Food News

New Restaurant on the Boulder Reservoir Seeks Support for Liquor License Approval

New Restaurant on the Boulder Reservoir Seeks Support for Liquor License Approval
The Boulder Reservoir is a summertime staple of the Front Range: Catching rays by the beach, boating and swimming make for memorable get-togethers. With a recent renovation of the visitors center and plans for a restaurant called Driftwind at 5565 51st Street, it's poised to attract even more people.

Boulder Parks and Recreation has renovated the space and plans to extend summer hours into the night, which would include dinner service by the shore. Driftwind owner Josh Dinar has exciting ideas for people enjoying the reservoir, which include daytime snacks and drinks from Boulder staple Ruthie’s Boardwalk Social; grill kits for people using the outdoor grill facilities; floating meal kits so people can enjoy a meal on the water; and the opportunity to host weddings, quinceañeras and other special events. The restaurant plans to open Memorial Day weekend.

However, a number of neighbors who live near the reservoir have complained that the introduction of a restaurant could threaten their safety, putting the approval of Driftwind's liquor license in jeopardy. Although the consumption of alcohol is currently permitted at the reservoir, some residents are concerned that Driftwind's opening will result in more drunk drivers. Last summer, those neighbors's threats to protest at a planned series of dinners led to the cancellation of the events. 

Other parks in Boulder offer dining options that serve booze, like Flagstaff House and Chautauqua Dining Hall — around 1.8 million people visit the mountain parks of Boulder each year, and these establishments have become fixtures. As at most restaurants, staff serving alcohol are required to complete TIPS (Training for Intervention Procedures) certification, which involves extensive coursework in responsible serving practices and how to prevent intoxication. The local neighborhood is also concerned with an increase in noise once the restaurant is established.
Alison Rhodes, director of Boulder Parks and Recreation, says similar concerns were shared by those living near Chautauqua Dining Hall, which is why the department invested in a sound surveillance system to ensure noise didn’t exceed a certain decibel level. Parks and Recreation has installed the same system at Boulder Reservoir in the hopes of keeping the peace between park visitors and the neighborhood.

Dinar, who is also a part owner of other restaurants including Ash'Kara, River and Woods and Tributary Food Hall, understands the liability of serving alcohol. He is hoping to organize a ride-share network to prevent drunk driving, and has plans to offer a shuttle option in the rare instance that a diner becomes too inebriated to drive.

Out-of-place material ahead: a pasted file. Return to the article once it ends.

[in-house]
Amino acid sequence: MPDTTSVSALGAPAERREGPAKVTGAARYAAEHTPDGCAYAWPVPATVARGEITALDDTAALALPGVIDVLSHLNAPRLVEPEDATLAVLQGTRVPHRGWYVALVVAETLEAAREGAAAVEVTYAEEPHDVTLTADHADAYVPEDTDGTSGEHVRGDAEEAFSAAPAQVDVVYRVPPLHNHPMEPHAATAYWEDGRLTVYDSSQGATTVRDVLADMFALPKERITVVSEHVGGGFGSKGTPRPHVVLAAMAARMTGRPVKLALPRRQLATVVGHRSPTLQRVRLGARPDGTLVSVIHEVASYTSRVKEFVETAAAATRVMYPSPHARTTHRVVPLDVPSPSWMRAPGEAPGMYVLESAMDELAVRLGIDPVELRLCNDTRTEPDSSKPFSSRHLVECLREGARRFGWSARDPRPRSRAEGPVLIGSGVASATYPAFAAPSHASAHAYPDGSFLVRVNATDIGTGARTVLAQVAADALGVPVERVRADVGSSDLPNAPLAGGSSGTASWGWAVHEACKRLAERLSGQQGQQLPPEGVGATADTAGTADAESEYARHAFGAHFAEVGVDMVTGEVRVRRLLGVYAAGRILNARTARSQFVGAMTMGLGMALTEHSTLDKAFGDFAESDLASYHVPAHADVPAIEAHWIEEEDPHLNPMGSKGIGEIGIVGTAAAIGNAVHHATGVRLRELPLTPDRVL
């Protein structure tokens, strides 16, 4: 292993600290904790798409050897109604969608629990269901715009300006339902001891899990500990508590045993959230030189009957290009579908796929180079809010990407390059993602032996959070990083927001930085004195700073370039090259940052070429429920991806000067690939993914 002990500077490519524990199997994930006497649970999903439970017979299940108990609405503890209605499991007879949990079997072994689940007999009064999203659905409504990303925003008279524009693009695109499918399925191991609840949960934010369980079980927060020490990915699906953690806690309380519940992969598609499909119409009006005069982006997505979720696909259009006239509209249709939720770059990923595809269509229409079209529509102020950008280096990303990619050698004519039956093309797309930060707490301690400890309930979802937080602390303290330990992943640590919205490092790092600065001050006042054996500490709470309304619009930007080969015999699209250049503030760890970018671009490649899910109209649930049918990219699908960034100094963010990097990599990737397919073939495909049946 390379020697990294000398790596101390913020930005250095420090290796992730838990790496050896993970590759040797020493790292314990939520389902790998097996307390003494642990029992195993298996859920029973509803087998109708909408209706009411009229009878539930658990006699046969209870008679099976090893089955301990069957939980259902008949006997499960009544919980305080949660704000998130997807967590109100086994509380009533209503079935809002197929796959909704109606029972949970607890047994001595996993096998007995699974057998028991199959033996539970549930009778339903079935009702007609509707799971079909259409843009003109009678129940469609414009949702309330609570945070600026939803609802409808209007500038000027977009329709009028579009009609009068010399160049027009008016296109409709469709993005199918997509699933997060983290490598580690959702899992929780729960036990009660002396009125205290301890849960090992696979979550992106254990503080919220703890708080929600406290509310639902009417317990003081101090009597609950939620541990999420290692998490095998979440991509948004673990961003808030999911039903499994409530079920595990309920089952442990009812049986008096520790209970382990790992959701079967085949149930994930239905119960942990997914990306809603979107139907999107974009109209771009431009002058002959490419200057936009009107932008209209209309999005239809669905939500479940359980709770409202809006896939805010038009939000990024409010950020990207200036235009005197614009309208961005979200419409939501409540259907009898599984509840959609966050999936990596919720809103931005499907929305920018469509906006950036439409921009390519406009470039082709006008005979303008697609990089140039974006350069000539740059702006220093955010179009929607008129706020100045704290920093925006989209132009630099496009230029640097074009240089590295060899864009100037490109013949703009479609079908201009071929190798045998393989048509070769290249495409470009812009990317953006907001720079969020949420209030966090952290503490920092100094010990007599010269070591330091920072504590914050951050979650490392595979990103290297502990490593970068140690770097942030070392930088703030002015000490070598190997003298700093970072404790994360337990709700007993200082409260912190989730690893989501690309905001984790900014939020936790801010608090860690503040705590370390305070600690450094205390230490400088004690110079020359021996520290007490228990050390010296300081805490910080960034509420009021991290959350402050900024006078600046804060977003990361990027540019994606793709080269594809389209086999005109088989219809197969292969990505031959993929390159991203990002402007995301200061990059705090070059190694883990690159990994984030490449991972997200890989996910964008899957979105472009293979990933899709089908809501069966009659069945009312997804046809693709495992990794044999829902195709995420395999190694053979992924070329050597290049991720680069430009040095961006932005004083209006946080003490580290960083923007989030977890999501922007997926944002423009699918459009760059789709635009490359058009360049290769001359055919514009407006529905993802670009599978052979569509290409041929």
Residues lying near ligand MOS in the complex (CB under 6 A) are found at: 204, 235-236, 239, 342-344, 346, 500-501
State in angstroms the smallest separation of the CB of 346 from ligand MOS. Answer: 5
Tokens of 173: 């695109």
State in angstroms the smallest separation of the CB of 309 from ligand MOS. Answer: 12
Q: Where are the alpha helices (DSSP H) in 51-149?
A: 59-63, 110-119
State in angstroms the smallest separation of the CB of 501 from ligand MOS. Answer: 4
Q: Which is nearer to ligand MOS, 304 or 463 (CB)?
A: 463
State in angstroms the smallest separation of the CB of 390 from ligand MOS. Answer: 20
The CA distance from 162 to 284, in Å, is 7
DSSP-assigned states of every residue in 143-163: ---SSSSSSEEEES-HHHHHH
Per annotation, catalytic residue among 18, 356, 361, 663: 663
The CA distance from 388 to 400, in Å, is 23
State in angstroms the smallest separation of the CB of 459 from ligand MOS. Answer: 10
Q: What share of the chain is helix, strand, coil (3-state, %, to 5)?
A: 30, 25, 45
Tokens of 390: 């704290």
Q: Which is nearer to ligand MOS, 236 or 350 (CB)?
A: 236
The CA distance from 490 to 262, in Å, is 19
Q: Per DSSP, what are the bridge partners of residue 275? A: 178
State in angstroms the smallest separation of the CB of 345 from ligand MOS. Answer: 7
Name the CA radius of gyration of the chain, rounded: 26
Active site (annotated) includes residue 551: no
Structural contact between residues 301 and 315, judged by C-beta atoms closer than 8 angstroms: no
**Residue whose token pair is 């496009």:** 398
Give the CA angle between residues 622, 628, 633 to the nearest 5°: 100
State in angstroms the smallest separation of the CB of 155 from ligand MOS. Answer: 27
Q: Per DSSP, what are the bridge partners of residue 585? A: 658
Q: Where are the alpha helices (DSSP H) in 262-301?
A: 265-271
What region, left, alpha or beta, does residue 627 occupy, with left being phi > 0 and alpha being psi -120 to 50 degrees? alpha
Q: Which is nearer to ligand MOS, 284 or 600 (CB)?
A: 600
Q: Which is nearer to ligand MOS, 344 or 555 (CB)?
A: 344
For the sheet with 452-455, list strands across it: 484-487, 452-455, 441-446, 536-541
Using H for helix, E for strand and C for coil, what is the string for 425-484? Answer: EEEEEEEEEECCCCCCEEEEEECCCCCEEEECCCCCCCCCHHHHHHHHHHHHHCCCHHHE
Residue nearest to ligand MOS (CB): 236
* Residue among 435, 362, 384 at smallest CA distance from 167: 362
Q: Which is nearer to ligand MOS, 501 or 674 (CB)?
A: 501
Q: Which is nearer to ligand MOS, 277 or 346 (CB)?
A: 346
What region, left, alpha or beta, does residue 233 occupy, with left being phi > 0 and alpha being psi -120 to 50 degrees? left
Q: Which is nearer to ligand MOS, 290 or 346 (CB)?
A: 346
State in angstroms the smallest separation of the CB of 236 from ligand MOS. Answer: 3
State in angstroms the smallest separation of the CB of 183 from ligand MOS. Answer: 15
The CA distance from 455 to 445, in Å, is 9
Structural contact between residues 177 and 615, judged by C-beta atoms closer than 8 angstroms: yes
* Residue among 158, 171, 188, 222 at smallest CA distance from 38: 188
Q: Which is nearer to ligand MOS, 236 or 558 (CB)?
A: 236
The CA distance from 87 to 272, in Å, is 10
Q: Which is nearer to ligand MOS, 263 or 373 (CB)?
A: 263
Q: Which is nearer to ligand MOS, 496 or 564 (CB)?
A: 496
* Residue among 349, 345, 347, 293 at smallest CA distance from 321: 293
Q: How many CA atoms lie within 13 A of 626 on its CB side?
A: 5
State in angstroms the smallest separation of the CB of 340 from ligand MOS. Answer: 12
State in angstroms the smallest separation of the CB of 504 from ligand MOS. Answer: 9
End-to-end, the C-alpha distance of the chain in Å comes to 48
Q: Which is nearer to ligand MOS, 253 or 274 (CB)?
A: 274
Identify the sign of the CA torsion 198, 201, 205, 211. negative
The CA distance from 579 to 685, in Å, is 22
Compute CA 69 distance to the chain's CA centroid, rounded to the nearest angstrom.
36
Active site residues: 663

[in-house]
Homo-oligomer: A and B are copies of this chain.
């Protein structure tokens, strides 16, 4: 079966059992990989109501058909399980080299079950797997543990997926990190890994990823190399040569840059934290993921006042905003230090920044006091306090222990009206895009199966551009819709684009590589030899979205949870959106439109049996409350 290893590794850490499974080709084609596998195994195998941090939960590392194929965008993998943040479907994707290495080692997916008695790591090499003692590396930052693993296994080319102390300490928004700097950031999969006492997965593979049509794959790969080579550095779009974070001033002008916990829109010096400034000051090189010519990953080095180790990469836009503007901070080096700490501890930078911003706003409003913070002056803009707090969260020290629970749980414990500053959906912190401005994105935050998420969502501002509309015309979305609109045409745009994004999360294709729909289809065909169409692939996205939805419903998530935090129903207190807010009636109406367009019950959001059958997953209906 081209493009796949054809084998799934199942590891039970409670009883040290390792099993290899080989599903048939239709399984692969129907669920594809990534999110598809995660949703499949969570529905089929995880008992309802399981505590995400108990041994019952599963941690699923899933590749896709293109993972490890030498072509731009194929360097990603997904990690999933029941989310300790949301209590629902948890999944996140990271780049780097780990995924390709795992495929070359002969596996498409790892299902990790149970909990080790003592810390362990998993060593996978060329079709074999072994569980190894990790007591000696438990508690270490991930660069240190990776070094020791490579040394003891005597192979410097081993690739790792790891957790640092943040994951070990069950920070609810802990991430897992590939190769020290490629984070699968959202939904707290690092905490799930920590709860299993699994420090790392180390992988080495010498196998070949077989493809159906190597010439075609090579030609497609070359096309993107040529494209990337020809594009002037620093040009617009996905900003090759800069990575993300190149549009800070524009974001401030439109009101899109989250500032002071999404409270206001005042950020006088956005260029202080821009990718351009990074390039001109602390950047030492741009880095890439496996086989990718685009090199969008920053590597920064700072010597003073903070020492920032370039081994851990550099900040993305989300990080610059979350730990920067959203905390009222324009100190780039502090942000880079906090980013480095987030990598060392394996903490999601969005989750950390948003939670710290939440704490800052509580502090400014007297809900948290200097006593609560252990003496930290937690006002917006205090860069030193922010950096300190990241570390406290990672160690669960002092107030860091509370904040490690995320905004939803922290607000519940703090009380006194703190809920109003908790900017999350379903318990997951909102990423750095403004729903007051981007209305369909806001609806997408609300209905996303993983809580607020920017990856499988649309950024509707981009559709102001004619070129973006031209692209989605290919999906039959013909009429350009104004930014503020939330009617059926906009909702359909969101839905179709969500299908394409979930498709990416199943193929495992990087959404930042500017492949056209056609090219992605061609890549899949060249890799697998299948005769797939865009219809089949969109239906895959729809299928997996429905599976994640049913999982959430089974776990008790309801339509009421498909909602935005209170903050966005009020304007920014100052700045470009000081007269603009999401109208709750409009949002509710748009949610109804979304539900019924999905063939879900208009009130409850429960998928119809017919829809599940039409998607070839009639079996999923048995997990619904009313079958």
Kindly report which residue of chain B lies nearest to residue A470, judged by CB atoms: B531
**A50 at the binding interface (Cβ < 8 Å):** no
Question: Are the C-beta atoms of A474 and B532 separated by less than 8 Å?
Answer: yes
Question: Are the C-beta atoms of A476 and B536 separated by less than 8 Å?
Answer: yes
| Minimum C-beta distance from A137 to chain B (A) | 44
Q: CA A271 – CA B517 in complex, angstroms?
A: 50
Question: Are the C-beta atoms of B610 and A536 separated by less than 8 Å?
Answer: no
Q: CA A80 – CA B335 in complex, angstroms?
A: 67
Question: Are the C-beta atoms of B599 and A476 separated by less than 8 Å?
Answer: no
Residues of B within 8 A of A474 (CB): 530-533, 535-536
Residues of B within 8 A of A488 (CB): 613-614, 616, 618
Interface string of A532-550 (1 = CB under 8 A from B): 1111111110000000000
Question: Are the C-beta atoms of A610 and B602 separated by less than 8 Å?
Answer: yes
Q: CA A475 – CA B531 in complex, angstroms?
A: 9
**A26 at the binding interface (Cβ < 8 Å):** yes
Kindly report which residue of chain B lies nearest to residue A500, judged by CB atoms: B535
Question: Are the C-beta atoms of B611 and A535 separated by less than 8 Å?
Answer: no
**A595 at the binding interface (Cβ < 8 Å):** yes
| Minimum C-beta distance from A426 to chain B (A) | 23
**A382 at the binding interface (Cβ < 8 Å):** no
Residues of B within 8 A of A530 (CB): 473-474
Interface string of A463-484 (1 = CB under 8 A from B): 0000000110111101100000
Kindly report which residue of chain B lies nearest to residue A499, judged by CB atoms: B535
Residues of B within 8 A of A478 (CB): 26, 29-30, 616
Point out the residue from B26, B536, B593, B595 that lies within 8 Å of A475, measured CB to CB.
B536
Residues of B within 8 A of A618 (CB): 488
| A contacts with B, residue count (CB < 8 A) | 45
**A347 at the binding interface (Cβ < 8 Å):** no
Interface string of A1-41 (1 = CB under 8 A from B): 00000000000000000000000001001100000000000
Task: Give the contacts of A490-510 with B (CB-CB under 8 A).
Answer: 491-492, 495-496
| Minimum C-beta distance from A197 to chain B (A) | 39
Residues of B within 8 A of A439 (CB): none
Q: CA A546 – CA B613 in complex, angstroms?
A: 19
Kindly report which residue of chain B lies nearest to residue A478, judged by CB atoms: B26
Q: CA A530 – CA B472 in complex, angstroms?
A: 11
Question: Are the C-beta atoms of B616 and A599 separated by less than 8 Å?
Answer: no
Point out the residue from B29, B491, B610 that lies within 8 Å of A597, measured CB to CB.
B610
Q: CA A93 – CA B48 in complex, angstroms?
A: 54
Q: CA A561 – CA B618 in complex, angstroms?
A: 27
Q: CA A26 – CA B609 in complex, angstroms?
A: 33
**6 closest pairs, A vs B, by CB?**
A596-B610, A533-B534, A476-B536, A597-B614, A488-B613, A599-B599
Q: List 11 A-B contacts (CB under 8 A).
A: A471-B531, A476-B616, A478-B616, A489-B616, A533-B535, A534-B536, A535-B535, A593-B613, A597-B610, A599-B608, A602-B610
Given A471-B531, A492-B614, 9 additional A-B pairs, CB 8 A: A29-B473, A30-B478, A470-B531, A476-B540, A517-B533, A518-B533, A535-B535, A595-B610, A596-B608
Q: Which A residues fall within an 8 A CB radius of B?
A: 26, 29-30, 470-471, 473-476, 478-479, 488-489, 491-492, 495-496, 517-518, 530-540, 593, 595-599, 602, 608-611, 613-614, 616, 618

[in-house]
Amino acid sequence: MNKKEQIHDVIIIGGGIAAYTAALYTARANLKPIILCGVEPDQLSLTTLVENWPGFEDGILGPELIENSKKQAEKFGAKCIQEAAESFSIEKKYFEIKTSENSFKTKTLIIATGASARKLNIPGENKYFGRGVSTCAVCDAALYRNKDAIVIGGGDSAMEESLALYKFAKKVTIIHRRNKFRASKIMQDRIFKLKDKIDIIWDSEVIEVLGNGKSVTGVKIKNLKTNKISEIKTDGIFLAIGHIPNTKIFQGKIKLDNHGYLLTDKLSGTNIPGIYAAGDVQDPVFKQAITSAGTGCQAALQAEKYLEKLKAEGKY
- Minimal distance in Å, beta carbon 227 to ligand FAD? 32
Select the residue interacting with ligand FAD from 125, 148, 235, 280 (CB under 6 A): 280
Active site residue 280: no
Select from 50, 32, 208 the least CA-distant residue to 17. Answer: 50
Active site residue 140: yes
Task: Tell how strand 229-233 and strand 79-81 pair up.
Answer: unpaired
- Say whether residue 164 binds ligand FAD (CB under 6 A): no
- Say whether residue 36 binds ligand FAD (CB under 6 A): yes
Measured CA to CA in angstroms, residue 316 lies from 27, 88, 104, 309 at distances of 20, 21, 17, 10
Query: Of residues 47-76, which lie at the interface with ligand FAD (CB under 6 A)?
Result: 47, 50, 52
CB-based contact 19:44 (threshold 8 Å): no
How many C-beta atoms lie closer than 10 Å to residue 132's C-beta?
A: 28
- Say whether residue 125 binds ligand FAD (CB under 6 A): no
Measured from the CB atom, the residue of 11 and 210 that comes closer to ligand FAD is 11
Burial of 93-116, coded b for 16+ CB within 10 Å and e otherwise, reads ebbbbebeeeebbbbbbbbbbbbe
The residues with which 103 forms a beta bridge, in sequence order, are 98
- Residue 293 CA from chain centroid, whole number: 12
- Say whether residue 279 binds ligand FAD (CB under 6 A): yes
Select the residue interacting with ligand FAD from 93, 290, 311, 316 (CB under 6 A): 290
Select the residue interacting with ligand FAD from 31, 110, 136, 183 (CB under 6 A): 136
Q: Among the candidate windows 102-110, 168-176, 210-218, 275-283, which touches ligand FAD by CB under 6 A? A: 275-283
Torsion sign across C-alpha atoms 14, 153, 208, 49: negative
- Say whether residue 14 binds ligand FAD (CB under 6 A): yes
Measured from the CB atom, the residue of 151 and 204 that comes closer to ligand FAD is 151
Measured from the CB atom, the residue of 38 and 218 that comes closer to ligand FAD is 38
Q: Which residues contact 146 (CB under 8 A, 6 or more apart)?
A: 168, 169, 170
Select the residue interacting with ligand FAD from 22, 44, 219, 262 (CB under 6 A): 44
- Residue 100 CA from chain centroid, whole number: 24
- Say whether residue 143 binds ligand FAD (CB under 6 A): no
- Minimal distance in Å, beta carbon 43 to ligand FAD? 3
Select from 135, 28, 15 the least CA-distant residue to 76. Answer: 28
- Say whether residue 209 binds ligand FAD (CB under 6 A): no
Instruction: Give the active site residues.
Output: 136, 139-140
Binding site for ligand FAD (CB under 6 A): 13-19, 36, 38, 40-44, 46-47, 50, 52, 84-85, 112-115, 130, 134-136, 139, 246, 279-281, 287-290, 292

Rhodes reiterates that alcohol is currently allowed at Boulder Reservoir, and she anticipates that a restaurant with trained staff could be a positive feature of the renovations.

“This is exactly why the city wants to have an operator there. Because right now, anyone can bring open containers. ... We’re liable for overserving somebody or serving an underaged guest, and we know that," Dinar says.

”Boulder Reservoir was initially created to secure a source of water for the Front Range and as a place to recreate," Rhodes adds. "For decades, Boulder Parks and Recreation has maintained the reservoir in a sustainable way. If something seems to be a detriment to the park, we remove the problem," adding that she believes this restaurant aligns with the goals and vision of Parks and Recreation.

Driftwind's liquor license has yet to be approved, and a petition for Boulder residents to show support for it will be open through next week.

“I’ve definitely learned I’m not cut out to be a politician," Dinar concludes. "Really, all we want to do is run a restaurant and a place where people can gather and have private events. Not a rave, not a nightclub.”
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Dustin Bailey grew up in the mountains of Colorado and began cooking in kitchens at a young age. He improved his culinary skills in a variety of food genres and then shifted his focus towards sustainable farming practices. As a farming apprentice, he was able to get the full farm-to-table experience. Now he shares his perspective through food writing and photography.
Contact: Dustin Bailey